cupola

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cu·po·la

(kyo͞o′pə-lə)
n.
1. Architecture
a. A vaulted roof or ceiling.
b. A small dome set on a circular or polygonal base or resting on pillars.
c. A small structure surmounting a roof or dome, often used as a lookout or to admit light and air.
2. A cylindrical shaft type of blast furnace used for remelting metals, usually iron, before casting.
3. A small rounded and domed structure, as for observation, on a tracked, armored vehicle.

[Italian, from Late Latin cūpula, diminutive of Latin cūpa, tub; possibly akin to various words denoting hollow objects across Eurasia, such as Greek kupellon, drinking vessel, goblet, Old Norse húfr, hull of a ship, Old English hȳf, skep, and Sanskrit kūpaḥ, hole.]

cu′po·laed (kyo͞o′pə-ləd) adj.

cupola

(ˈkjuːpələ)
n
1. (Architecture) a roof or ceiling in the form of a dome
2. (Architecture) a small structure, usually domed, on the top of a roof or dome
3. (Firearms, Gunnery, Ordnance & Artillery) a protective dome for a gun on a warship
4. (Metallurgy) a vertical air-blown coke-fired cylindrical furnace in which iron is remelted for casting
[C16: from Italian, from Late Latin cūpula a small cask, from Latin cūpa tub]
cupolated adj

cu•po•la

(ˈkyu pə lə)

n., pl. -las.
1.
a. a light structure on a dome or roof, serving as a belfry, lantern, or belvedere.
b. a dome, esp. one covering a circular or polygonal area.
2. any of various domelike structures.
3. a vertical furnace for melting iron to be cast.
[1540–50; < Italian < Latin cūpula=cūp(a) tub + -ula -ule. compare cup]
cu′po•laed, adj.
ThesaurusAntonymsRelated WordsSynonymsLegend:
Noun1.cupola - a vertical cylindrical furnace for melting iron for casting
furnace - an enclosed chamber in which heat is produced to heat buildings, destroy refuse, smelt or refine ores, etc.
2.cupola - a roof in the form of a dome
dome - a hemispherical roof

cupola

noun dome, onion dome The church tower's cupola can be seen above the trees.
Translations

cupola

[ˈkjuːpələ] Ncúpula f

cupola

[ˈkjuːpələ] ncoupole f

cupola

n (Archit) → Kuppel f; (roof also) → Kuppeldach nt; (= furnace)Kupolofen m

cupola

[ˈkjuːpələ] ncupola
References in classic literature ?
The row of return on the banquet side, let it be all stately galleries: in which galleries let there be three, or five, fine cupolas in the length of it, placed at equal distance; and fine colored windows of several works.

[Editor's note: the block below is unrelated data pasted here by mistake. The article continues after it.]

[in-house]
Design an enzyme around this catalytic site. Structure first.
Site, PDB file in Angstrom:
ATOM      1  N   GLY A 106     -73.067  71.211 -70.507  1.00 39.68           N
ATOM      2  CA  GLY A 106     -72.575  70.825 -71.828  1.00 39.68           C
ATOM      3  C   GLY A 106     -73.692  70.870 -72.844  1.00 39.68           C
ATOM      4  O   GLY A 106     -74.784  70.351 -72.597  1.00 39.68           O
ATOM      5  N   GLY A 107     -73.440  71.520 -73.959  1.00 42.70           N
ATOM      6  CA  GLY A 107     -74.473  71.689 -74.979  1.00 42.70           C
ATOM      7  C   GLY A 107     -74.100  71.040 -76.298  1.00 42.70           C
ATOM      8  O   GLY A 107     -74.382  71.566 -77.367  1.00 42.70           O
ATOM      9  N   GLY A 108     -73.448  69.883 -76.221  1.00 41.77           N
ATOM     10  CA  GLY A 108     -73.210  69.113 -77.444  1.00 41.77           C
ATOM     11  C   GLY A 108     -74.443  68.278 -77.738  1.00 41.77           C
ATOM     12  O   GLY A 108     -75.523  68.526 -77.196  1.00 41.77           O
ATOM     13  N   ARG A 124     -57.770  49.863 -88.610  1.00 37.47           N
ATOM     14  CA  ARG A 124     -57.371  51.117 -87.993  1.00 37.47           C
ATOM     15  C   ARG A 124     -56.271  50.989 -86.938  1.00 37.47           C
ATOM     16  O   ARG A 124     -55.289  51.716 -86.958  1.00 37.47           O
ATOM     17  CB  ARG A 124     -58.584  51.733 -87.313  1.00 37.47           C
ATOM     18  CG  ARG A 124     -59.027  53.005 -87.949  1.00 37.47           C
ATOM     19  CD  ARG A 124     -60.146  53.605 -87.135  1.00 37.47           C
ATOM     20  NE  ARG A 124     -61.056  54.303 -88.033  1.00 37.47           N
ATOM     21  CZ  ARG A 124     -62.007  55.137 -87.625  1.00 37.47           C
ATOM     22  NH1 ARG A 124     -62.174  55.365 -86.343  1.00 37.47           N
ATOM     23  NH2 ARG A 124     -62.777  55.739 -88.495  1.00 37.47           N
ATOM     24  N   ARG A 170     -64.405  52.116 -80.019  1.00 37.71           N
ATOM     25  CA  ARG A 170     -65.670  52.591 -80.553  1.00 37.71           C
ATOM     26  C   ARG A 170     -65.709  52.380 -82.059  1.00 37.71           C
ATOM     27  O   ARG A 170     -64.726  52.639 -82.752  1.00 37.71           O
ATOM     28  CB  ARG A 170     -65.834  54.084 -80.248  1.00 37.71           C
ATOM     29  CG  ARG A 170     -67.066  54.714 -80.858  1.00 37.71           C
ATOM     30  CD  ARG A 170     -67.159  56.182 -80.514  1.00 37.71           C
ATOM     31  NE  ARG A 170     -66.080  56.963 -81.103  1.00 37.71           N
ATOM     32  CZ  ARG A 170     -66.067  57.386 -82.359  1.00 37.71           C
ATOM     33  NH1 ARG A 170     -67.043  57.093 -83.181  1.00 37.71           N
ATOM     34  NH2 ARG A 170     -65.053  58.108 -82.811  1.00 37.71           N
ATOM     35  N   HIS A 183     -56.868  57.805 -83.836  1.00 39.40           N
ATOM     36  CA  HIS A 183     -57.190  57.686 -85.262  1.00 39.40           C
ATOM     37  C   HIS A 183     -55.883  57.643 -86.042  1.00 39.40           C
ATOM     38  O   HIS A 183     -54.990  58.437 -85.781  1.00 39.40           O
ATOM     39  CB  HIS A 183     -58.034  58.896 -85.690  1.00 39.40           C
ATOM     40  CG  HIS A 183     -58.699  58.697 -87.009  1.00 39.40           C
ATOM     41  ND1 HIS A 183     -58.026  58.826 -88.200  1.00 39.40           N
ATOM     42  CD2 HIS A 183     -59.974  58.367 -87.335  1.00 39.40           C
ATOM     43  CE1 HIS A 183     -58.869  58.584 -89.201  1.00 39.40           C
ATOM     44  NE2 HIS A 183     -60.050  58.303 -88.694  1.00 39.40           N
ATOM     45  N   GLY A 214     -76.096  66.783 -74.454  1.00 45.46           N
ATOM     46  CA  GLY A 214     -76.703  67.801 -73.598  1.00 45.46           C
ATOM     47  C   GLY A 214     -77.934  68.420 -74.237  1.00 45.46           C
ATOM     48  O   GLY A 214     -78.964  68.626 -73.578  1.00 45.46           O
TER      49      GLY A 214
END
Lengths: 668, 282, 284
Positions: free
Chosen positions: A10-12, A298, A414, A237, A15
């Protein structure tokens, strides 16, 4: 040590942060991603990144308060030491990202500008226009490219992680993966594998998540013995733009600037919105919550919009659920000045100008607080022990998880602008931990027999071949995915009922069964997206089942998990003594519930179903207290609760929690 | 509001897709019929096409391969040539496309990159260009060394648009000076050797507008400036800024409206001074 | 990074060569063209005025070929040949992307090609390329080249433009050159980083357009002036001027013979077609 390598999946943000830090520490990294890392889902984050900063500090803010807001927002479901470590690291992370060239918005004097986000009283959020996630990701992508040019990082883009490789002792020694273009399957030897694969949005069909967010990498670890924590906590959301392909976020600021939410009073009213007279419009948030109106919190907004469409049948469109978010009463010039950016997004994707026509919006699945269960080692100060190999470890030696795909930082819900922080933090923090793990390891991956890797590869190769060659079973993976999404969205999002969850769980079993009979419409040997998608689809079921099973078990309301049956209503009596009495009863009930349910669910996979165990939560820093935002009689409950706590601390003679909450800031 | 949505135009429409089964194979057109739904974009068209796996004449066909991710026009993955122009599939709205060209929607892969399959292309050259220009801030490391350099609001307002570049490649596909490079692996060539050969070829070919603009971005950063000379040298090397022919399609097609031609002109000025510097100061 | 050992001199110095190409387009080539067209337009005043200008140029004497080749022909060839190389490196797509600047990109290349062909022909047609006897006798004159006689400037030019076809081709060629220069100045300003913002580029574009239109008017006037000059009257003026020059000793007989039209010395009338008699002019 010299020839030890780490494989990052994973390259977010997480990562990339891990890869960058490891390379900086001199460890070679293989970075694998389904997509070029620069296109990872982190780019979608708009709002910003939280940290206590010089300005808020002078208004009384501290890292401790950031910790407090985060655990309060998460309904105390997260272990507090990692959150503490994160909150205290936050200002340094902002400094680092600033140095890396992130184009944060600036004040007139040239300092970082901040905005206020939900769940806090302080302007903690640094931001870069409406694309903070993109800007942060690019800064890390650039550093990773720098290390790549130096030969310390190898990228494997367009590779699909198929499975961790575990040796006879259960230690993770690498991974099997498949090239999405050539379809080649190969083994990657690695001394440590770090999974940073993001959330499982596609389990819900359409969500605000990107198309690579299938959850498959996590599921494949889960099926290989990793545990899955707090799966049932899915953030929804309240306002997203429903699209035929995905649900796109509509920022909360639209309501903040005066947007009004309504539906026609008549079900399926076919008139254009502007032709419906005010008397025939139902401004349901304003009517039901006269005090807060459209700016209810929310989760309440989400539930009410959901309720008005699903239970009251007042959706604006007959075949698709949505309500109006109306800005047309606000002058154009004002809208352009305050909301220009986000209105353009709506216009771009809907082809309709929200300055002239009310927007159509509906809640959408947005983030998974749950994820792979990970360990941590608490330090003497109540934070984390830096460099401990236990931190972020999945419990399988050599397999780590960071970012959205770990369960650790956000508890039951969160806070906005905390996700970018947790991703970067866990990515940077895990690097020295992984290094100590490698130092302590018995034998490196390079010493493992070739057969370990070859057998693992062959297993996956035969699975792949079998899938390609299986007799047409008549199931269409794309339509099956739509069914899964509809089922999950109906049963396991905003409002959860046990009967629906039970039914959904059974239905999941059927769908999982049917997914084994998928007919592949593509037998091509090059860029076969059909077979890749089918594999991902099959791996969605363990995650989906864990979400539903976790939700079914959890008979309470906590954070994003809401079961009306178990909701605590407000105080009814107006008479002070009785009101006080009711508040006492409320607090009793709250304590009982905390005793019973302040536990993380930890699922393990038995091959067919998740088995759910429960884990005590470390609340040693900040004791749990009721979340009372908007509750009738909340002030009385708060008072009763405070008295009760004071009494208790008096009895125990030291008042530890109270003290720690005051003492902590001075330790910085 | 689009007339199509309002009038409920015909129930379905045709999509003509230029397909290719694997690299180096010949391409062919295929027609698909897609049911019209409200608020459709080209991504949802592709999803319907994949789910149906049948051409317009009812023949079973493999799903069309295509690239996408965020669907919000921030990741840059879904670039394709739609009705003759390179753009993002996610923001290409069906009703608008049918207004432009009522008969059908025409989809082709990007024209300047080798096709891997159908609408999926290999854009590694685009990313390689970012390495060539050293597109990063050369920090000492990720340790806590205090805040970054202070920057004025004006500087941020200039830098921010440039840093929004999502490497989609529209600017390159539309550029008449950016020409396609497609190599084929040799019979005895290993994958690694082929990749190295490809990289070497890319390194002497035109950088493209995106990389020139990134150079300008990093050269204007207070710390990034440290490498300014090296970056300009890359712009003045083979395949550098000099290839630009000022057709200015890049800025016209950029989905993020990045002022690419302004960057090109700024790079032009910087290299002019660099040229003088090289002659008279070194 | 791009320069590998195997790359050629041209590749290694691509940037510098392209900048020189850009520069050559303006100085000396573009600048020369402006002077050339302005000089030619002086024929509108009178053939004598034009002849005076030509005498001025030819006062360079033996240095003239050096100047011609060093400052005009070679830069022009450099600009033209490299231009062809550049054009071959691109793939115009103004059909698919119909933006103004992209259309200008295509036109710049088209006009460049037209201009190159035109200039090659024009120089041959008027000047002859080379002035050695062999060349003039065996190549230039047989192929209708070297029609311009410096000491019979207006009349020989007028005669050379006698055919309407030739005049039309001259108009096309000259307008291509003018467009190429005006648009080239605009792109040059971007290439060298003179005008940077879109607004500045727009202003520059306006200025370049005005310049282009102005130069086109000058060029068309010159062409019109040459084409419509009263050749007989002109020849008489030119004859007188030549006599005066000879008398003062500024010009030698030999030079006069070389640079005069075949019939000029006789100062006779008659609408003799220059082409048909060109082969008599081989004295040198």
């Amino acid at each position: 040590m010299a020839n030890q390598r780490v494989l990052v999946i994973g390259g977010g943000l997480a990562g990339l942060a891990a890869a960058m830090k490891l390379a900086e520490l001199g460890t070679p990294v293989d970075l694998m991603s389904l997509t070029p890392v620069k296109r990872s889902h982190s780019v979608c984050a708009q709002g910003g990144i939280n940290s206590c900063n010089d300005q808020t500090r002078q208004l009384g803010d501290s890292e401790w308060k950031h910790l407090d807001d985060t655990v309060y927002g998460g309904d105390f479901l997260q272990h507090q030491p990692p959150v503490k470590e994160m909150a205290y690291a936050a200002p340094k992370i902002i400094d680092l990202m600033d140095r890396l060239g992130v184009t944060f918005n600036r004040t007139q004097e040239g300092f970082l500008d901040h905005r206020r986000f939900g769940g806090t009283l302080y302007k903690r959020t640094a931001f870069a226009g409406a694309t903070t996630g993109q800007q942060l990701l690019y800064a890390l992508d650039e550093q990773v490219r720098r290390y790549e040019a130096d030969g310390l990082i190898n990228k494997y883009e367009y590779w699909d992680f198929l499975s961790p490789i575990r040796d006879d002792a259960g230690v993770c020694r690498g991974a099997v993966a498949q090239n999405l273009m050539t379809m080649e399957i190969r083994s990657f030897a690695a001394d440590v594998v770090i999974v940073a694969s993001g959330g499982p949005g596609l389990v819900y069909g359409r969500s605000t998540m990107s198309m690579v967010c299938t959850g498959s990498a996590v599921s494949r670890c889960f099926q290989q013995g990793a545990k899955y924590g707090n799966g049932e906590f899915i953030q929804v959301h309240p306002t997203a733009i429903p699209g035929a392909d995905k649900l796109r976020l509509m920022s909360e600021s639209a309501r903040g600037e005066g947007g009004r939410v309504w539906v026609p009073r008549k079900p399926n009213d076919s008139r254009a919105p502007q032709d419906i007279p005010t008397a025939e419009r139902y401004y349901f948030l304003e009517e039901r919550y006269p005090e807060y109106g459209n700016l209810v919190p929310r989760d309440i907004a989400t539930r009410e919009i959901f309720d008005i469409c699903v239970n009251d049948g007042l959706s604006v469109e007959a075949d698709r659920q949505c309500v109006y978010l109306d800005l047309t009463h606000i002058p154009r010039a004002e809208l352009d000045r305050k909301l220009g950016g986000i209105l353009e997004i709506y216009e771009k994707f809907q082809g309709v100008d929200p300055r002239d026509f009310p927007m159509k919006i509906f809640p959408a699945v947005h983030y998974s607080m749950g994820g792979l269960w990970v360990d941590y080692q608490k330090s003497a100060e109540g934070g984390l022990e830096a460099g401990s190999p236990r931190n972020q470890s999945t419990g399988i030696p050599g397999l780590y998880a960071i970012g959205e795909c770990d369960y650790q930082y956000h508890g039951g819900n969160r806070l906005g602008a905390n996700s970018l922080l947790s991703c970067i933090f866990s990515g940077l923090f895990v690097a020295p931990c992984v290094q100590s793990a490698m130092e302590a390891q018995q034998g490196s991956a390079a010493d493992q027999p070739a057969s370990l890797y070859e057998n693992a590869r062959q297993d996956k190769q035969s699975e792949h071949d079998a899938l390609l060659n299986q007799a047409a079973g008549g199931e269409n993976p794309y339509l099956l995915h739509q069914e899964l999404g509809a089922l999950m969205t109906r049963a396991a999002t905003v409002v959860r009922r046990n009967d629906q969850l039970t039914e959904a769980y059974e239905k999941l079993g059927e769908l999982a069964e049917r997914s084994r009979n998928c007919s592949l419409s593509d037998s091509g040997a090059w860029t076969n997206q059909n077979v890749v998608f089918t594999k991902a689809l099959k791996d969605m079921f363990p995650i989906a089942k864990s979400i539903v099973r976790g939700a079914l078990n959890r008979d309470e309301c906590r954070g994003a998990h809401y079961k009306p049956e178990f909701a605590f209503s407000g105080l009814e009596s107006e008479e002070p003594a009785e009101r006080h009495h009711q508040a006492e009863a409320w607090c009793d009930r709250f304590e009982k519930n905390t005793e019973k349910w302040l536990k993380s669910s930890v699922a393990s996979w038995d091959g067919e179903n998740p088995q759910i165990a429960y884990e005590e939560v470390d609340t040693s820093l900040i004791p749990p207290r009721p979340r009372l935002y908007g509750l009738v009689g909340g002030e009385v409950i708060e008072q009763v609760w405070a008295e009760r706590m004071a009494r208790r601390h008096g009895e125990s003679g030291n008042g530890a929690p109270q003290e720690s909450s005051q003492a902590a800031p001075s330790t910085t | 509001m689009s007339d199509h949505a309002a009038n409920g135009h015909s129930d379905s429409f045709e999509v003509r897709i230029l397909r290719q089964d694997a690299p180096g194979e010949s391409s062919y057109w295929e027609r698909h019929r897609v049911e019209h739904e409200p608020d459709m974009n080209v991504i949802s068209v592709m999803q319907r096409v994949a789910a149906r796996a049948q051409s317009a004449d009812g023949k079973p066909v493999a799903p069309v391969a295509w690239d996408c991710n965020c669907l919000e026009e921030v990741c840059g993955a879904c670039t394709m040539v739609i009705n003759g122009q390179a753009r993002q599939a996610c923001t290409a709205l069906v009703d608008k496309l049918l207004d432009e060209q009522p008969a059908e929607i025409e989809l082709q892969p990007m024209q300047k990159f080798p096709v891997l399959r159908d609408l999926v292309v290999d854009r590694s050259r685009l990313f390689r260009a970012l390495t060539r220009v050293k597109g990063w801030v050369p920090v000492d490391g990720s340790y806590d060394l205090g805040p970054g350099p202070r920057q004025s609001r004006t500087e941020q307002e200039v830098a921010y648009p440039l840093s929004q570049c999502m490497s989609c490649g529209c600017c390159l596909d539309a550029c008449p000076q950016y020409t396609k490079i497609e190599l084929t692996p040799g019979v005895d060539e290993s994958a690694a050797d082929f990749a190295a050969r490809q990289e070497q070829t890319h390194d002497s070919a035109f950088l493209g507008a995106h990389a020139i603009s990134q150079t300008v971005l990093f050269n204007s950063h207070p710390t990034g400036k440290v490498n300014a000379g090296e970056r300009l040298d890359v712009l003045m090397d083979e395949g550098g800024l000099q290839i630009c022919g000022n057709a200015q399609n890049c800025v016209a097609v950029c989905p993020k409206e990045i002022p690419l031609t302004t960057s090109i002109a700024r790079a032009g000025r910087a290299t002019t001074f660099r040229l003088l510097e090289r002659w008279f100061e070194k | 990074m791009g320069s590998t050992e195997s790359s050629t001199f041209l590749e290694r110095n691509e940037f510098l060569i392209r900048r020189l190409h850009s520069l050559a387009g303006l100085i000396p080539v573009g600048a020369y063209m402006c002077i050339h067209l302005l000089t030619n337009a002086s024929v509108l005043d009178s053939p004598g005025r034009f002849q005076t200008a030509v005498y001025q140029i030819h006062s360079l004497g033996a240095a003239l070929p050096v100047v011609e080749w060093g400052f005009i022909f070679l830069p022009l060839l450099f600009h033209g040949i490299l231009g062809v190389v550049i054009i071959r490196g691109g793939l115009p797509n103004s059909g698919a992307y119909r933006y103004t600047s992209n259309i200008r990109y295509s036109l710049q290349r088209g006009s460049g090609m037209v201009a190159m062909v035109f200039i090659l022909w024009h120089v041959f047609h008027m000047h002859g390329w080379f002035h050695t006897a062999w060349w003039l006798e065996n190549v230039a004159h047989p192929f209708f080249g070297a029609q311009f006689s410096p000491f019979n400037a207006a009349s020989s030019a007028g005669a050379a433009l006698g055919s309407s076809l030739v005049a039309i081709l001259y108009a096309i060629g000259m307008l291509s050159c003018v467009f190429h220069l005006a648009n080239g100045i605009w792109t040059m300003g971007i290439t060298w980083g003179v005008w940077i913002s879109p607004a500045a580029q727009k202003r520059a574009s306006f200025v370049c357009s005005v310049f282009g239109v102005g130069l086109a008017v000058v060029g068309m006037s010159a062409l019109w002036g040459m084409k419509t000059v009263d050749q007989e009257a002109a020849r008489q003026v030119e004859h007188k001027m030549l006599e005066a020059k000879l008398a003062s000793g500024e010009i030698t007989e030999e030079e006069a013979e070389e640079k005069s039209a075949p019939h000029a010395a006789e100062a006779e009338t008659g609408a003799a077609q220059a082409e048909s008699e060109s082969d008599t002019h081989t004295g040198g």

At the right, gleaming in the sun, were the five golden cupolas of a splendid church, whose bells rang out, as if they would summon people from all corners of the earth to come and behold the wonder.
Moscow seen from the Poklonny Hill lay spaciously spread out with her river, her gardens, and her churches, and she seemed to be living her usual life, her cupolas glittering like stars in the sunlight.
She showed him an Eastern town with flat roofs and cupolas and minarets.
As she approached her destination, the cab passed--by merely crossing a road--from a spacious and beautiful Park, with its surrounding houses topped by statues and cupolas, to a row of cottages, hard by a stinking ditch miscalled a canal.
One side of this space was occupied by the square front of the Province House, three stories high, and surmounted by a cupola, on the top of which a gilded Indian was discernible, with his bow bent and his arrow on the string, as if aiming at the weathercock on the spire of the Old South.
For as in landscape gardening, a spire, cupola, monument, or tower of some sort, is deemed almost indispensable to the completion of the scene; so no face can be physiognomically in keeping without the elevated open-work belfry of the nose.
On the right side of the warm church, in the crowd of frock coats and white ties, uniforms and broadcloth, velvet, satin, hair and flowers, bare shoulders and arms and long gloves, there was discreet but lively conversation that echoed strangely in the high cupola.
While I was musing upon these things, my attention was attracted by a pretty little structure, like a well under a cupola.
steeple” was a little cupola, reared on the very centre of the roof, on four tall pillars of pine that were fluted with a gouge, and loaded with mouldings.
The great oven is not so wide, by ten paces, as the cupola at St.
It was the first time that the lawyer had been received in that part of his friend's quarters; and he eyed the dingy, windowless structure with curiosity, and gazed round with a distasteful sense of strangeness as he crossed the theatre, once crowded with eager students and now lying gaunt and silent, the tables laden with chemical apparatus, the floor strewn with crates and littered with packing straw, and the light falling dimly through the foggy cupola.